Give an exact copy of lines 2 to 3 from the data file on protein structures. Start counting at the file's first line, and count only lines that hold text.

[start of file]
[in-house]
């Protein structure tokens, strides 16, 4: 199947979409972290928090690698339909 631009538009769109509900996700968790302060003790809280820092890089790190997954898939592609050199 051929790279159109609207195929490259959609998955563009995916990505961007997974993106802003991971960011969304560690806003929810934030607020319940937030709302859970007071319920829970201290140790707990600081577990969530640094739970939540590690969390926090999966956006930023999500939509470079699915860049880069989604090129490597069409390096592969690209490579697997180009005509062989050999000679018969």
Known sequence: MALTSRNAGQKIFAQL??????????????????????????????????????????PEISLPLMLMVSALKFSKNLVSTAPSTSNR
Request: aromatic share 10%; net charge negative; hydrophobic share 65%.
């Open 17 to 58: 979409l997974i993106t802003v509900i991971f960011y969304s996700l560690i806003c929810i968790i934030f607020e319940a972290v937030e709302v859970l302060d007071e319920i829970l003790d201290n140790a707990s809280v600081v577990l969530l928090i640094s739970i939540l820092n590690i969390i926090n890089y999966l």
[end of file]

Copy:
């Protein structure tokens, strides 16, 4: 199947979409972290928090690698339909 631009538009769109509900996700968790302060003790809280820092890089790190997954898939592609050199 051929790279159109609207195929490259959609998955563009995916990505961007997974993106802003991971960011969304560690806003929810934030607020319940937030709302859970007071319920829970201290140790707990600081577990969530640094739970939540590690969390926090999966956006930023999500939509470079699915860049880069989604090129490597069409390096592969690209490579697997180009005509062989050999000679018969």
Known sequence: MALTSRNAGQKIFAQL??????????????????????????????????????????PEISLPLMLMVSALKFSKNLVSTAPSTSNR